Over the weekend a good friend of mine shared a screenshot of a really scary error message from Photos for Mac. Every photo and video taken over the last two weeks failed to open, saying instead that ‘An error occurred while downloading a larger version of this video for editing.’ The solution? ‘Please try again later.’ and press OK. What’s worse is he was relying on the app’s Optimize Mac Storage setting to fit the library on his local storage and trusting iCloud not to screw things up along the way. And he didn’t have local copies backed up, a mistake he for obvious reasons regretted.

Stories like these aren’t rare, which is why my colleague Jeremy wrote earlier this year that “iCloud Photo Library still isn’t worth the hassles,” despite Apple lowering iCloud storage costs. But I still recommend Photos and iCloud Photo Library, new features that topped my “favorite new Apple things from 2015 that will last for years” list, just not with the default setup. As with any cloud service, the one major caveat is ensure you have a reliable local backup (followed by plenty of patience at the start).

While there’s no turning back data loss, I shared my personal Photos plus iCloud Photo Library setup with my friend, which he’s moving to now for a hopefully better experience. Below I’ll detail each step, which required a little research before I figured it all out, so you can hopefully have a positive experience with Photos and iCloud Photo Library as well.

iCloud Photo Library Benefits

First, let’s discuss the benefits of even bothering with Photos and iCloud Photo Library. Using iCloud Photo Library lets you shoot or import photos and videos from your iPhone, iPad, iPod touch, Mac, or the web and have them all go to a single library that you manage.

Delete a photo or video from any signed-in device and it goes to a trash folder for 40 days and can be recovered from any device before it’s fully deleted. Edit a photo’s color or light or crop it and apply a filter and the changes appear everywhere and can be reversed.

Create an album from any signed-in device and it appears everywhere else without syncing with iTunes. Select the heart icon on any photo or video and it appears in a Favorites album on all your devices.

iCloud Photo Library

This is how I find the 200 photos that I really like the most out of 13,000 that I’ve taken over the years, which comes in handy when it’s time to make a Christmas calendar at the end of the year.

Finally, iCloud Photo Library (with a subscription to a proper storage tier) lets you access huge sets of photos and videos from iPhones and iPads (and Macs) which would otherwise have too low storage. Using the ‘Optimize Storage’ option lets you see thumbnails of your whole library and selectively download only the photos and videos you open.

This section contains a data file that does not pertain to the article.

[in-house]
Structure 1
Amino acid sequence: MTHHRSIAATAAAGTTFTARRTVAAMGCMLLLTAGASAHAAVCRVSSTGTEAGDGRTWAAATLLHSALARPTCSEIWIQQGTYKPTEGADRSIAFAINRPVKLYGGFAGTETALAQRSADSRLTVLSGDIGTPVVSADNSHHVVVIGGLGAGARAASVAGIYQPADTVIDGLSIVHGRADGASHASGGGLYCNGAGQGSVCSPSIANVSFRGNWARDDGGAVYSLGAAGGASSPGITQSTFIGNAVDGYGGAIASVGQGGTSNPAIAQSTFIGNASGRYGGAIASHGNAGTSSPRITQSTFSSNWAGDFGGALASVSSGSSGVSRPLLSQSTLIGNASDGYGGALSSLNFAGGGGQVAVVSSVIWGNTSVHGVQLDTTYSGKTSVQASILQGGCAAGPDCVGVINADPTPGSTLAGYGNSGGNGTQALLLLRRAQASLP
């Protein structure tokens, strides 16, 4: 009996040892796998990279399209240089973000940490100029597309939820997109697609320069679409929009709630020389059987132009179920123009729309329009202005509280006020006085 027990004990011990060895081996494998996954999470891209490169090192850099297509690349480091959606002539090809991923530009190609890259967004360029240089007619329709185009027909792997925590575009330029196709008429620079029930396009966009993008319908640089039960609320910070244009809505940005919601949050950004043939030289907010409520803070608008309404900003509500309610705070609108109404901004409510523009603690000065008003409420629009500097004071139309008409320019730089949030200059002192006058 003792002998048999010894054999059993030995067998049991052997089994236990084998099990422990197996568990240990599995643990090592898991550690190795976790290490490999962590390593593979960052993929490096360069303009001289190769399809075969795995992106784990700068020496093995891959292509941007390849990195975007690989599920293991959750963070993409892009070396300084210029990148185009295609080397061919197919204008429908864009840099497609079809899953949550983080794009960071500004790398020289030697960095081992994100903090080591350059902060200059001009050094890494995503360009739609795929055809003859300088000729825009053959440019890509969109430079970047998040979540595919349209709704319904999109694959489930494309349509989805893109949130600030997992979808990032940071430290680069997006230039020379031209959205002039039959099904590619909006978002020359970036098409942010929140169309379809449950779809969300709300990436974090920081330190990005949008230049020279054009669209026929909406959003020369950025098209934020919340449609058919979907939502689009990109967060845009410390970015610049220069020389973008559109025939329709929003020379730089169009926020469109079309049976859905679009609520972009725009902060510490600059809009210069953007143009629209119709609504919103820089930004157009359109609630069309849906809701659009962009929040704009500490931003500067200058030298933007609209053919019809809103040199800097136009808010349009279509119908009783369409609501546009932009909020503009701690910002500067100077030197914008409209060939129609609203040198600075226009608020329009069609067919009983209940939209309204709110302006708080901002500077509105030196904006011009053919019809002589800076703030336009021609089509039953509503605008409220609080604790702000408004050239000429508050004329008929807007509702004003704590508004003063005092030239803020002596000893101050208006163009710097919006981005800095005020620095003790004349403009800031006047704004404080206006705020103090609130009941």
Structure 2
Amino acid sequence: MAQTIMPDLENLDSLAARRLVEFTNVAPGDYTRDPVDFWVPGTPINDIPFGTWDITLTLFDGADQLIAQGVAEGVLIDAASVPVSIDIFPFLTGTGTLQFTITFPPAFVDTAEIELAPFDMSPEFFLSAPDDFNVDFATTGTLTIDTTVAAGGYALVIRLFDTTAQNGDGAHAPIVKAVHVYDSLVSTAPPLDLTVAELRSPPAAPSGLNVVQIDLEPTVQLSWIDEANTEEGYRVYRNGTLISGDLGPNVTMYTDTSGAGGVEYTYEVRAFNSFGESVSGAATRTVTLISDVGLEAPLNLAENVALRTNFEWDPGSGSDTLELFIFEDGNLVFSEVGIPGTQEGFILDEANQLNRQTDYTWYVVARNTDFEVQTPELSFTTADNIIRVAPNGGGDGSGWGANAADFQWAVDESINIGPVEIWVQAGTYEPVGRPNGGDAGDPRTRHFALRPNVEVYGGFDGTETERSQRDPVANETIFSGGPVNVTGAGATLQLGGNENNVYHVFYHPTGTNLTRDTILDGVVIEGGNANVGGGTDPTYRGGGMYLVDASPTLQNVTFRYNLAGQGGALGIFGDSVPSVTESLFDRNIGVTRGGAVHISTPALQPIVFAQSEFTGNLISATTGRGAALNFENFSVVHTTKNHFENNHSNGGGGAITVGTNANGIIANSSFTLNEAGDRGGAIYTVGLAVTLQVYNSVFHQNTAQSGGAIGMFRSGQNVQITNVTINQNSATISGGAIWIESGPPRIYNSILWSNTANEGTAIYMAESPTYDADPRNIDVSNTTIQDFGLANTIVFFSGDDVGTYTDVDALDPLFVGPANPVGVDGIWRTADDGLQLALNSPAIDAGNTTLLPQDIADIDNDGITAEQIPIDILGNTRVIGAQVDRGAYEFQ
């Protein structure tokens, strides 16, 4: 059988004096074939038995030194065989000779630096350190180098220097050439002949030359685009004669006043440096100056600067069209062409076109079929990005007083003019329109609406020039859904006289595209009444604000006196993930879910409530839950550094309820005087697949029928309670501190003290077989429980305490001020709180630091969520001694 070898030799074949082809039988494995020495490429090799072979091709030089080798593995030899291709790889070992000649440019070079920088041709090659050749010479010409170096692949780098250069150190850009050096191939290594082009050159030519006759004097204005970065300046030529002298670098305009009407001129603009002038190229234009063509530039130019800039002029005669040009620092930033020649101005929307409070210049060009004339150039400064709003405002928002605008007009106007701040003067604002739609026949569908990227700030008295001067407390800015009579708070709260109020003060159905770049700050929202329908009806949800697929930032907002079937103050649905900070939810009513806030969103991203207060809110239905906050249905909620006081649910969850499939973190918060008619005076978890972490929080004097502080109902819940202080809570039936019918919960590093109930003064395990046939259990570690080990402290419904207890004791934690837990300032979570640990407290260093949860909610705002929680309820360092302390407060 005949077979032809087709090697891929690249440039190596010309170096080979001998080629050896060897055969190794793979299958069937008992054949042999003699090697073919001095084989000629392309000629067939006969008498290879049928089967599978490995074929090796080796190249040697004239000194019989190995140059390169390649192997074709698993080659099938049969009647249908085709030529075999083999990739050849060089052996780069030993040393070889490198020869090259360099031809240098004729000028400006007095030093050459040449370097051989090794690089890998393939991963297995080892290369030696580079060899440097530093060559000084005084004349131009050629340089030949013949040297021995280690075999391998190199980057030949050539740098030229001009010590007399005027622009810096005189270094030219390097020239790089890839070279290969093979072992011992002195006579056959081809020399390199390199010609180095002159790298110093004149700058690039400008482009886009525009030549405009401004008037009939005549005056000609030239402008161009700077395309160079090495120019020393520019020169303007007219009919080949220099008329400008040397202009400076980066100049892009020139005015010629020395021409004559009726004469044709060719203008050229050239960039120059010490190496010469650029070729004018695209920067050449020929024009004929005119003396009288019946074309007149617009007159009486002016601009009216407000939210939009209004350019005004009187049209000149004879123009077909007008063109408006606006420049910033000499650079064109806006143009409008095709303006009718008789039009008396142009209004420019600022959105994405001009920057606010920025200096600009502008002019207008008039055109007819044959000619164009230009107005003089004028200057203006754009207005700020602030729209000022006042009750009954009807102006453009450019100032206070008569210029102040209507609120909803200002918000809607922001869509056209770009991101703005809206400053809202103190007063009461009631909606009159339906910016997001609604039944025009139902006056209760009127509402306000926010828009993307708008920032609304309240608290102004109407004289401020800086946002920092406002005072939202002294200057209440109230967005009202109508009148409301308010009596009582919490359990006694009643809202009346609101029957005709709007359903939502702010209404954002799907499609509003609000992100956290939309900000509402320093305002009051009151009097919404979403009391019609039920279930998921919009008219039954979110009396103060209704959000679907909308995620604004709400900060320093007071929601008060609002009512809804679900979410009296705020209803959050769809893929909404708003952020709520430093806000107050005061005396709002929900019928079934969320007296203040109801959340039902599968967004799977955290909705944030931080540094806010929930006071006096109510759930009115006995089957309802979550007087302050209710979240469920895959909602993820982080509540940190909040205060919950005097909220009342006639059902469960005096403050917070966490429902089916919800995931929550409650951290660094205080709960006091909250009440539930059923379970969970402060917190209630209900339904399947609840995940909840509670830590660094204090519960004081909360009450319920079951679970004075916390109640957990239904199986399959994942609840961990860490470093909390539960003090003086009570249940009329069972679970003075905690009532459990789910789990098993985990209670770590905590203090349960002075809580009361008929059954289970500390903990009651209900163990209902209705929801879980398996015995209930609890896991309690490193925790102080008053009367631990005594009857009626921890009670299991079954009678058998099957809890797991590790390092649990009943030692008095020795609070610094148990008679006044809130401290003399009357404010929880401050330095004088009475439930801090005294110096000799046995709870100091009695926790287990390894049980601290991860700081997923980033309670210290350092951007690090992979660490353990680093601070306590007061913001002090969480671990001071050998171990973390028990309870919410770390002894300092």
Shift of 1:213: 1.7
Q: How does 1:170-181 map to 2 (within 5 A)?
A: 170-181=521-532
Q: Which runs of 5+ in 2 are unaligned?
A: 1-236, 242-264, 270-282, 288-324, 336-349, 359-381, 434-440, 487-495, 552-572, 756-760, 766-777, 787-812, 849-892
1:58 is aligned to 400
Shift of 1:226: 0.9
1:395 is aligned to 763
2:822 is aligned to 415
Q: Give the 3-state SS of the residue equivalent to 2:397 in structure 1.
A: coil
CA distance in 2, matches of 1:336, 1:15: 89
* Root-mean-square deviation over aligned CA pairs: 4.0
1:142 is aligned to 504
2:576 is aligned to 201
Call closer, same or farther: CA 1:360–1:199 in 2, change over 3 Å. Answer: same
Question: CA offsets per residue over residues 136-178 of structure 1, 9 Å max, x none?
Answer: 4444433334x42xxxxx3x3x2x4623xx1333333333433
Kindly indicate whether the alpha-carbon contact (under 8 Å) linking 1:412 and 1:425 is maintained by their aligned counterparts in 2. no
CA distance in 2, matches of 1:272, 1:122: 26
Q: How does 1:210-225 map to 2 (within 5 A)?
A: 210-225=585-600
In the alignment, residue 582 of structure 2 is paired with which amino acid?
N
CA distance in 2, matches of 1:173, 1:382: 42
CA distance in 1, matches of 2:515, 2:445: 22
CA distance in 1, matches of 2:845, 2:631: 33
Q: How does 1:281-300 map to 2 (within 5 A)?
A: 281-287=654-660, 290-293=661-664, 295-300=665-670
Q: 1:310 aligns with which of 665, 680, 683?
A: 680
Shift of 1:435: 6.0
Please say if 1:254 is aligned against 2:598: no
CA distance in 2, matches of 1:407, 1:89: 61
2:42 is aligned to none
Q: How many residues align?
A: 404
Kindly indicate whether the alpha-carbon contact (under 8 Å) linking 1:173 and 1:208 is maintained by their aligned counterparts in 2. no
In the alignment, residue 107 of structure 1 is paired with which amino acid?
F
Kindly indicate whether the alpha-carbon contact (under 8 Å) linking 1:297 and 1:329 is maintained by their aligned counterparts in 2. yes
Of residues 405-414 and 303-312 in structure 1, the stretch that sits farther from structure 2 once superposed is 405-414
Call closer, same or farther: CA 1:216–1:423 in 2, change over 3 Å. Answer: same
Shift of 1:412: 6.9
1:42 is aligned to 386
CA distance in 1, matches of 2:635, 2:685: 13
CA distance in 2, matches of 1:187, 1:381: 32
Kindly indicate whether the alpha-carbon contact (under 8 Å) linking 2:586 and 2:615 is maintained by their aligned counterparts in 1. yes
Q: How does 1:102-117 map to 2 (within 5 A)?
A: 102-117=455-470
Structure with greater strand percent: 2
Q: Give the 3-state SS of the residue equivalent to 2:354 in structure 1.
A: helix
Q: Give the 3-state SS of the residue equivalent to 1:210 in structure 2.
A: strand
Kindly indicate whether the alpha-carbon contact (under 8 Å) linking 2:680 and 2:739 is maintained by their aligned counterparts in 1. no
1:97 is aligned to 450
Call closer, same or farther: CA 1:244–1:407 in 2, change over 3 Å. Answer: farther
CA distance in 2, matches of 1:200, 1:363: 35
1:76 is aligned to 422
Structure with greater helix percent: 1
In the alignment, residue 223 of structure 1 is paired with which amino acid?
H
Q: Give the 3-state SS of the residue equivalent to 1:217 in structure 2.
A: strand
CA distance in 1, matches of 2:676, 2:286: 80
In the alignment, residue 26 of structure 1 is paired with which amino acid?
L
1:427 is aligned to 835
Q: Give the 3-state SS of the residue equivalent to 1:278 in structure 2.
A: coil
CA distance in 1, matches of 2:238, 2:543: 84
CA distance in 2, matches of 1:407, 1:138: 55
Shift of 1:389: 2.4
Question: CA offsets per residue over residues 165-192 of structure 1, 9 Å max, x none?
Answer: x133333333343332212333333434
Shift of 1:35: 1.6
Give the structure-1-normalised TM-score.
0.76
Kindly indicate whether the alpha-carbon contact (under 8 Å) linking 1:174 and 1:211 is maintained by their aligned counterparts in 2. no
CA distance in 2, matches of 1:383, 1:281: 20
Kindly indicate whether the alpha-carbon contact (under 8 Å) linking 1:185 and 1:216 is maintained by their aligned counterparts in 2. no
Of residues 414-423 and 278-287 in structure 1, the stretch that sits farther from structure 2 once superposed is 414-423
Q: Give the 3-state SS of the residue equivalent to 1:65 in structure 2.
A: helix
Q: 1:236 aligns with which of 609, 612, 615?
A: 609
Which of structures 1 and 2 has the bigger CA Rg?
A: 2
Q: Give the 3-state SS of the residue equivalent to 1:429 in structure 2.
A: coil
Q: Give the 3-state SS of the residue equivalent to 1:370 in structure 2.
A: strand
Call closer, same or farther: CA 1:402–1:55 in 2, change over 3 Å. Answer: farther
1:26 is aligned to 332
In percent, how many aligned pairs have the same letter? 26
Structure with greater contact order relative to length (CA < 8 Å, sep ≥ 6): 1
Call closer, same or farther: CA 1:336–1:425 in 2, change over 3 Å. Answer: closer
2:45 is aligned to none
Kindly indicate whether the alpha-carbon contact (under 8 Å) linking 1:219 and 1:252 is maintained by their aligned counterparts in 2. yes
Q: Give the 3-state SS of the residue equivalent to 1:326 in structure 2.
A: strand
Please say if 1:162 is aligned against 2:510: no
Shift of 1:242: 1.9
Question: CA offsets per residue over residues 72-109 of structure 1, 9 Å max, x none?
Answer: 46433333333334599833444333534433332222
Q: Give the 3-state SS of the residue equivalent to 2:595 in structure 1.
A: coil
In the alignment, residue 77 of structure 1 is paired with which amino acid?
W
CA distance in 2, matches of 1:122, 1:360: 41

My iPhone 6s Plus is 128GB and it can’t comfortably store my photo library plus apps and offline music; even using the free Photo Stream feature on a 16GB iPad Air meant installing very few apps to accommodate the storage needs. Turn on iCloud Photo Library and you may still see the occasional low storage warning, but Photos will respond in the background by removing full images and videos stored in iCloud to free up space.

iCloud Photo Library Risks


But any number of things could go wrong with iCloud Photo Library or your iCloud account in general. So I do not recommend using Photos and iCloud Photo Library with Optimize Storage turned on anywhere without a Mac using the Download Originals option somewhere.

The problem is your Mac may not have enough internal storage to hold your entire photo library either, but Photos on OS X lets move your Photos library from the default Photos folder to cheaper and higher capacity external storage with little work.

But even with photos and videos downloaded locally either internally or externally, it’s possible something could go wrong with iCloud Photo Library and even your local files could get hosed in the process. OS X features a system backup tool called Time Machine that “automatically makes hourly backups for the past 24 hours, daily backups for the past month, and weekly backups for all previous months. The oldest backups are deleted when your backup drive is full.”